Sunday, October 10, 2004

How Horowitz "Proves" Campus Liberal Bias

What's Not To Like About The Academic Bill of Rights by Dr. Graham Larkin

Despite his claim to be a defender of freedom, David Horowitz reveals an unnerving lack of regard for the kind of ideological abstention that the Virginian judges were working to defend. This disregard is glaringly evident in the way he arrives at the "statistics" which he regularly evokes as the very reason for implementing the Academic Bill of Rights. In a recent response to the AAUP's condemnation of the Bill and the thinking behind it, Horowitz baldly asserts that

a series of recent studies by independent researchers has shown that on any given university faculty in America, professors to the left of the political center outnumber professors to the right of the political center by a factor of 10-1 and more. At some elite schools like Brown and Wesleyan the ratio rises to 28-1 and 30-1.

He goes on to contend that this "huge correlation between political categories and academic standing" amounts to a "corruption of academic integrity."

Because he doesn't resort to his opponents' tactic of supplying footnotes, I cannot be certain which "independent studies" produced the "10-1" left-right ratio, but all the circumstantial evidence points to two studies. These are the loopy 2001 "survey" by the Frank Luntz Research Center and the Horowitz-run Center for the Study of Popular Culture, and the complementary study, co-authored by Horowitz and Eli Lehrer, titled Political Bias in the Administrations and Faculties of 32 Elite Colleges and Universities. In a declaration very similar to the one in his retort to the AAUP, Horowitz contends in the latter study that "[t]he overall ratio of Democrats to Republicans we were able to identify at the 32 schools was more than 10 to 1." This also seems to be the source of the more extreme "statistics" for Brown and Wesleyan.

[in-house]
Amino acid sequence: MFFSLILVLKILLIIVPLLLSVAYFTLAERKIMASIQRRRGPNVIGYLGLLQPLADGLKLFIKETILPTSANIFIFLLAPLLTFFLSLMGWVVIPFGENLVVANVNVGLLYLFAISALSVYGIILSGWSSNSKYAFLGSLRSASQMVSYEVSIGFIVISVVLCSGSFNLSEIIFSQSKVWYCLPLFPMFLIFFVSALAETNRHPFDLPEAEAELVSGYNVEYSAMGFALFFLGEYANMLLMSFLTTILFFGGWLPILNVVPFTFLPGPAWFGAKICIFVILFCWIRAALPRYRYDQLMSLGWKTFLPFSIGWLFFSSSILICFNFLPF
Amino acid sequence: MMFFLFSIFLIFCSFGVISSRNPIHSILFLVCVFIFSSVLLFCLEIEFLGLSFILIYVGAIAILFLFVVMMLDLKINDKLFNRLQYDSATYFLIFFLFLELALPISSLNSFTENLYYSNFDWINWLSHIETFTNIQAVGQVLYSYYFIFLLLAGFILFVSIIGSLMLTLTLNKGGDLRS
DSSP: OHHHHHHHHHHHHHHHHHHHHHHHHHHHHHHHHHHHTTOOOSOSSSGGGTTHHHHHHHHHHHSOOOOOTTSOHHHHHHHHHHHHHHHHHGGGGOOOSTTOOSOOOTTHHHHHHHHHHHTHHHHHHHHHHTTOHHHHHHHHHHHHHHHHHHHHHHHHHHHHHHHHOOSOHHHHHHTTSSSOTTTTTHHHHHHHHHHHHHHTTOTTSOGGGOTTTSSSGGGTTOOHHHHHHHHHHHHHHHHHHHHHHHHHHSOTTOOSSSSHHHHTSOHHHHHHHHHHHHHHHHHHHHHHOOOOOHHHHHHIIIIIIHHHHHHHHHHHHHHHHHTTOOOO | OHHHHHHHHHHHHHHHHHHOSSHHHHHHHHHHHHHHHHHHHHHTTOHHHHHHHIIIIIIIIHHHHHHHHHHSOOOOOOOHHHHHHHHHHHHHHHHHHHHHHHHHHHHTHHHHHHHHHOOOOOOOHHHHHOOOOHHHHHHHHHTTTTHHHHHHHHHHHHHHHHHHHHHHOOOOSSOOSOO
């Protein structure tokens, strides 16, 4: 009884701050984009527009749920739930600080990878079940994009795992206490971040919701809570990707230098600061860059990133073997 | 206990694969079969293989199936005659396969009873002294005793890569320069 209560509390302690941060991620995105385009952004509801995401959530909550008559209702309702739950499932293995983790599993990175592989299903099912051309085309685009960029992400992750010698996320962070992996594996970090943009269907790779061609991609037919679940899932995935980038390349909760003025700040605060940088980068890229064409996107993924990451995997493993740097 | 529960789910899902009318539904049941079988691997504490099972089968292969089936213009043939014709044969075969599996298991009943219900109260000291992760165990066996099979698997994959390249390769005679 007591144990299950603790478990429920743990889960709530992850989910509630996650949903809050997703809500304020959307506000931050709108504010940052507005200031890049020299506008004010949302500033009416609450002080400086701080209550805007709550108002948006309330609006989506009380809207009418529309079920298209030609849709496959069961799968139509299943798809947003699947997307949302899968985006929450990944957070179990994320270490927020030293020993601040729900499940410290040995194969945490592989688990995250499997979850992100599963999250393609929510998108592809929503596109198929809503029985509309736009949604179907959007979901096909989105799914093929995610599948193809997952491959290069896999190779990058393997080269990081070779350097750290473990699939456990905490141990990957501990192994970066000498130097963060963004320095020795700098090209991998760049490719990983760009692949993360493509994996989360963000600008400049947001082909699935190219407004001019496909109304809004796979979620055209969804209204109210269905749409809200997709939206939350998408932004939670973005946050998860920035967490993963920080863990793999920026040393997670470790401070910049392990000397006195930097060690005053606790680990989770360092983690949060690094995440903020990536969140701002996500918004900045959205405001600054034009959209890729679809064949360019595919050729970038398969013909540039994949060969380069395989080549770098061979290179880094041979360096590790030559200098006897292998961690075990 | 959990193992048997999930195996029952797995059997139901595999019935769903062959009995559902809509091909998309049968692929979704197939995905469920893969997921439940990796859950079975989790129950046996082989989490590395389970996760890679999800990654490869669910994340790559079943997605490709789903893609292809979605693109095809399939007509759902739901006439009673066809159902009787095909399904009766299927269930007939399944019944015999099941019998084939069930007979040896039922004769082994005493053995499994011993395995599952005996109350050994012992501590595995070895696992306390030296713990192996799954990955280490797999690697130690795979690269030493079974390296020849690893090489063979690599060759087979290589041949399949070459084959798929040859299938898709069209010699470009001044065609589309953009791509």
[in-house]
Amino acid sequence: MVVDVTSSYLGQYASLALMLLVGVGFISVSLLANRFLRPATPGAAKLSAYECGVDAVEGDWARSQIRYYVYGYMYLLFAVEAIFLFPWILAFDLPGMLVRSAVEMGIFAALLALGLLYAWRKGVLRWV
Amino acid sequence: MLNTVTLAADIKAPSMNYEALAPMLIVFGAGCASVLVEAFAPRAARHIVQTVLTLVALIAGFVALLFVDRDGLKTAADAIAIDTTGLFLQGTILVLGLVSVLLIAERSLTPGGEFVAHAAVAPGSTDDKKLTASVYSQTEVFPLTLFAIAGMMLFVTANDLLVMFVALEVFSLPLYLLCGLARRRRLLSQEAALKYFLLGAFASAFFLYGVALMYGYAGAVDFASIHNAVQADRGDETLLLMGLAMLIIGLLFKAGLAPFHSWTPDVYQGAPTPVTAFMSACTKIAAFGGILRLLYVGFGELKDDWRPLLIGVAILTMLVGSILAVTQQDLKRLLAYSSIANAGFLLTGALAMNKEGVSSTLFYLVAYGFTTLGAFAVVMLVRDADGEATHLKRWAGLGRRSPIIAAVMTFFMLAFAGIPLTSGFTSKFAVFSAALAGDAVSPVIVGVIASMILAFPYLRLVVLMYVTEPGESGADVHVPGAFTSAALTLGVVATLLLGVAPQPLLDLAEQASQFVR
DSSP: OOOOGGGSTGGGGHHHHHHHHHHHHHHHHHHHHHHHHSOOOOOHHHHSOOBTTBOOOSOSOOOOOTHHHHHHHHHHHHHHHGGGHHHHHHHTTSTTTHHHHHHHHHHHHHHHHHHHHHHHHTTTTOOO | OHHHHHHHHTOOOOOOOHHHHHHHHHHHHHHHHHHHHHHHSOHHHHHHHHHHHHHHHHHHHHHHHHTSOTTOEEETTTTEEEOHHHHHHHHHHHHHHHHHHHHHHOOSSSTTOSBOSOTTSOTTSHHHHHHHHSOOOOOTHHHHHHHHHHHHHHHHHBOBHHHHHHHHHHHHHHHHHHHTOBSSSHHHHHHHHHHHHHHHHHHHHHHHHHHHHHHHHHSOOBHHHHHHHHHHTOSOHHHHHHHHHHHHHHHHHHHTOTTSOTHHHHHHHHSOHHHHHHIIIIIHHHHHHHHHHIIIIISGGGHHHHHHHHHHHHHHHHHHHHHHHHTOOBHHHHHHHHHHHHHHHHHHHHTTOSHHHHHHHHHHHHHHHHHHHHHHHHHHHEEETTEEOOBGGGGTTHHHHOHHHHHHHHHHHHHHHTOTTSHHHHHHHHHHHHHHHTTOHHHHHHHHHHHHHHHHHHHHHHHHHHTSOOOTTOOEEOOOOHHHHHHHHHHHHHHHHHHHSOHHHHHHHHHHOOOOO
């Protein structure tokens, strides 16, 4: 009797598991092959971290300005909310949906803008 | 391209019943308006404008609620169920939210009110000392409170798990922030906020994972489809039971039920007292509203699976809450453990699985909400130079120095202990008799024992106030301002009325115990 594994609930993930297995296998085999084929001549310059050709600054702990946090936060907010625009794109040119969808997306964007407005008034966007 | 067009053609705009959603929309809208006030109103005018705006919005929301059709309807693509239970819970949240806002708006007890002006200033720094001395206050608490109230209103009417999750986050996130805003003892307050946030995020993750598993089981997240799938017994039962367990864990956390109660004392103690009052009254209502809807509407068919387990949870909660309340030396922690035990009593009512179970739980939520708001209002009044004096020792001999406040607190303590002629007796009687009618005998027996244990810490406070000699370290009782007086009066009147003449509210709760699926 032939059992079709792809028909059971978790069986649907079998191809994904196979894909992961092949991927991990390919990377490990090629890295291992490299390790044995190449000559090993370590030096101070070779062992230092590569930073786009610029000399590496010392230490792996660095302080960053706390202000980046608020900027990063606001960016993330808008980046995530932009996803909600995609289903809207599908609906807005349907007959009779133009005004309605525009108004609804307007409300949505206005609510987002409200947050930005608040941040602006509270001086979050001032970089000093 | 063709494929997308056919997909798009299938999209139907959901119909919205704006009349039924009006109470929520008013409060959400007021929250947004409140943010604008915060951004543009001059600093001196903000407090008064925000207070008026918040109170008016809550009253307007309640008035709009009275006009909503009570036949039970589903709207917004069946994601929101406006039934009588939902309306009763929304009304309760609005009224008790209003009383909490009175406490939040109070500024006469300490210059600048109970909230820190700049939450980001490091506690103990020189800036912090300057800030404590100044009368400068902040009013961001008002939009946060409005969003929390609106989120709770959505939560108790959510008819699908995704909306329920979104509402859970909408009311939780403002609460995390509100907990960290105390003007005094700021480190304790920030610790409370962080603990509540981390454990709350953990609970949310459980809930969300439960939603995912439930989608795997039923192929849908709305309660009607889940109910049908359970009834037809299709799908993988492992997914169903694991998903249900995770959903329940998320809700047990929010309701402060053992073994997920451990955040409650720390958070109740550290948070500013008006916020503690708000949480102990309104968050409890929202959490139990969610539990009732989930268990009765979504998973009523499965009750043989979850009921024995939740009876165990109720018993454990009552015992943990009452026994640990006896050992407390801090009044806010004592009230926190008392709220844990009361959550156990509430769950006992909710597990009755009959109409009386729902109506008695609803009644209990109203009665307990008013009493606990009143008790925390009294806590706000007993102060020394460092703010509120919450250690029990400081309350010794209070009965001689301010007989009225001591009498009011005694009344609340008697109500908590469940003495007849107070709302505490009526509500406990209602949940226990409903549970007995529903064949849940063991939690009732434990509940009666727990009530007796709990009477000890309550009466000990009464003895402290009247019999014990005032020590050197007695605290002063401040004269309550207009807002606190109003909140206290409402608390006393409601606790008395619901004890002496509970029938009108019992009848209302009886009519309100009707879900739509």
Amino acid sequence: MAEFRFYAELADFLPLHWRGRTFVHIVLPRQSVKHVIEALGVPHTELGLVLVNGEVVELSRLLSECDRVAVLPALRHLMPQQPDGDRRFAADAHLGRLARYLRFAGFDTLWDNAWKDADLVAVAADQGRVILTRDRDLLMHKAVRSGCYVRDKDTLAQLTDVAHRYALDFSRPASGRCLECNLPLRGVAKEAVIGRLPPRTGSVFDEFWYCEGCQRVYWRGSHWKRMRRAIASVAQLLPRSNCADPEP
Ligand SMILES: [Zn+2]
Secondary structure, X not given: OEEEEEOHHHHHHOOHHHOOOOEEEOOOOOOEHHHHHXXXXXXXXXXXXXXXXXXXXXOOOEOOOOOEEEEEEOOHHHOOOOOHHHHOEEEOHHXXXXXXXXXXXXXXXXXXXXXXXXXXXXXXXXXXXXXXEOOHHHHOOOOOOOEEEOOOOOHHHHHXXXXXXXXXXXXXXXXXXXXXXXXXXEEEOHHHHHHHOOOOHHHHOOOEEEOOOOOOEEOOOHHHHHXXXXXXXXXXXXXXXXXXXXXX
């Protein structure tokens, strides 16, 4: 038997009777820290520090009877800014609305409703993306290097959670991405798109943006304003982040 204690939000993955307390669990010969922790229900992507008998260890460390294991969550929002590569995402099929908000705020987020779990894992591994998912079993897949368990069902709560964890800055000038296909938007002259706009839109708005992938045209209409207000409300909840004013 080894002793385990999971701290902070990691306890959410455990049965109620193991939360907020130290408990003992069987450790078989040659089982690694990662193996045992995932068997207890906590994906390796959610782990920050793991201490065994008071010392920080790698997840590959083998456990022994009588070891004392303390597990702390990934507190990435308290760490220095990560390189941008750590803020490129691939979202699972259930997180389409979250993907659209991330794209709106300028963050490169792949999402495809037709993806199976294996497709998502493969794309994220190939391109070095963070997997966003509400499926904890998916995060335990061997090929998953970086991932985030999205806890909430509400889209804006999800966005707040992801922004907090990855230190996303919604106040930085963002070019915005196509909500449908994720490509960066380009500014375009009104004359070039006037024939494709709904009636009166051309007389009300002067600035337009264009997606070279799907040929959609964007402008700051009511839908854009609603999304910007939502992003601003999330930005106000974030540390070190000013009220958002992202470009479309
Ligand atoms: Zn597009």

If these are indeed the "independent" studies Horowitz has in mind, then the "Democrats" and "Republicans" mentioned in Horowitz's AAUP retort are the 1,431 professors of Economics, English, History, Philosophy, Political Science and Sociology in various subjectively-selected "elite colleges and universities," mostly in the Northeast, whose names seem to match up with those of registered party members in voter records. Even if one were able to reasonably extend the resulting findings to represent the ratio of Democrats to Republicans "on any given university faculty in America," the question remains of how one could possibly use the exact same statistics to "show" just how much "professors to the left of the political center outnumber professors to the right." Easy! All you need to do is ignore the existence of the 1,891 professors in the same departments who you estimate to be "unaffiliated" in their party loyalty. [emphasis added]

I can think of only two ways of coherently defending such a move. On the one hand, one could argue that the unaffiliated majority simply doesn't matter, thereby leaving Horowitz free to concoct his 10-1 generalizations about all professors on the basis of less than half his dubious little data sample. On the other hand, one could simply assume that the unaffiliated majority must 'really' break down into exactly the same left/right proportions as the card-carrying Democrats and Republicans, leaving us with a 10-1 statistic that reasonably represents everyone.

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